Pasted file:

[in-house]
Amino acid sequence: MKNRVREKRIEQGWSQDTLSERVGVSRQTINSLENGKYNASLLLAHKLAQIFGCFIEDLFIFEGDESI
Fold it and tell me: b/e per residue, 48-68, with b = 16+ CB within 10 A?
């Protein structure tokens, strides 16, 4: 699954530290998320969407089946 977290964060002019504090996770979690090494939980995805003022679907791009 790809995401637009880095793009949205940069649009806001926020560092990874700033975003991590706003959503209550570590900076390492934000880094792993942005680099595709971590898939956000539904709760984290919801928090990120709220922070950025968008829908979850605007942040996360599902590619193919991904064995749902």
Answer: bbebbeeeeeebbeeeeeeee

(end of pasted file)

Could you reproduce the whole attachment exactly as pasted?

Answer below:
[in-house]
Amino acid sequence: MKNRVREKRIEQGWSQDTLSERVGVSRQTINSLENGKYNASLLLAHKLAQIFGCFIEDLFIFEGDESI
Fold it and tell me: b/e per residue, 48-68, with b = 16+ CB within 10 A?
């Protein structure tokens, strides 16, 4: 699954530290998320969407089946 977290964060002019504090996770979690090494939980995805003022679907791009 790809995401637009880095793009949205940069649009806001926020560092990874700033975003991590706003959503209550570590900076390492934000880094792993942005680099595709971590898939956000539904709760984290919801928090990120709220922070950025968008829908979850605007942040996360599902590619193919991904064995749902």
Answer: bbebbeeeeeebbeeeeeeee